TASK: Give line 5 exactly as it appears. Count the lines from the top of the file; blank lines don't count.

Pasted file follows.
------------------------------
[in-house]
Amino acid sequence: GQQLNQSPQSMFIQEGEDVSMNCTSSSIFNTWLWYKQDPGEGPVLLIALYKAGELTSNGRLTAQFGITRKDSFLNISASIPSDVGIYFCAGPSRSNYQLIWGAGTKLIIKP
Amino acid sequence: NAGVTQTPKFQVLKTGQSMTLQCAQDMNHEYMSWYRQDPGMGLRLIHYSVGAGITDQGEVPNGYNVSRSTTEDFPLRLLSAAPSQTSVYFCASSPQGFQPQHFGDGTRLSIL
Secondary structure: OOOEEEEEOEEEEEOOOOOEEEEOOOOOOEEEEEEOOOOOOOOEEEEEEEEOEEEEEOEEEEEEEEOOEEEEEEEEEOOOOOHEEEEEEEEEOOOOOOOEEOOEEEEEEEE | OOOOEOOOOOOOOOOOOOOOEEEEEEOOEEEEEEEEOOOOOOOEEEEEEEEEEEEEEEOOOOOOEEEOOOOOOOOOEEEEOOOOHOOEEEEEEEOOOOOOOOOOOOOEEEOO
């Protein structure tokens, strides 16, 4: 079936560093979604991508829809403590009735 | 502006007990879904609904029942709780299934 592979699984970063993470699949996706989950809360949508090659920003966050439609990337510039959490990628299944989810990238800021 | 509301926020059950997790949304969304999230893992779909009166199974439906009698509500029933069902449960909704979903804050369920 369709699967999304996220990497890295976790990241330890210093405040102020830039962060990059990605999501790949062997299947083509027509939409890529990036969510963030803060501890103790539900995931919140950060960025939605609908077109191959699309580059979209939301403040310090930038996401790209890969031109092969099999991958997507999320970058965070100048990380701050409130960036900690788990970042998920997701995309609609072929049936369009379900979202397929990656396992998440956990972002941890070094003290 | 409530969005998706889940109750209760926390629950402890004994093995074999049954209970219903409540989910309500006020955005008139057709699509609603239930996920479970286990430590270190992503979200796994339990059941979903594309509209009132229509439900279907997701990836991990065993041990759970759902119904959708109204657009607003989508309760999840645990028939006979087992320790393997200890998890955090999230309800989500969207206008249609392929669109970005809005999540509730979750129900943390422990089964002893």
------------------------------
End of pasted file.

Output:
């Protein structure tokens, strides 16, 4: 079936560093979604991508829809403590009735 | 502006007990879904609904029942709780299934 592979699984970063993470699949996706989950809360949508090659920003966050439609990337510039959490990628299944989810990238800021 | 509301926020059950997790949304969304999230893992779909009166199974439906009698509500029933069902449960909704979903804050369920 369709699967999304996220990497890295976790990241330890210093405040102020830039962060990059990605999501790949062997299947083509027509939409890529990036969510963030803060501890103790539900995931919140950060960025939605609908077109191959699309580059979209939301403040310090930038996401790209890969031109092969099999991958997507999320970058965070100048990380701050409130960036900690788990970042998920997701995309609609072929049936369009379900979202397929990656396992998440956990972002941890070094003290 | 409530969005998706889940109750209760926390629950402890004994093995074999049954209970219903409540989910309500006020955005008139057709699509609603239930996920479970286990430590270190992503979200796994339990059941979903594309509209009132229509439900279907997701990836991990065993041990759970759902119904959708109204657009607003989508309760999840645990028939006979087992320790393997200890998890955090999230309800989500969207206008249609392929669109970005809005999540509730979750129900943390422990089964002893």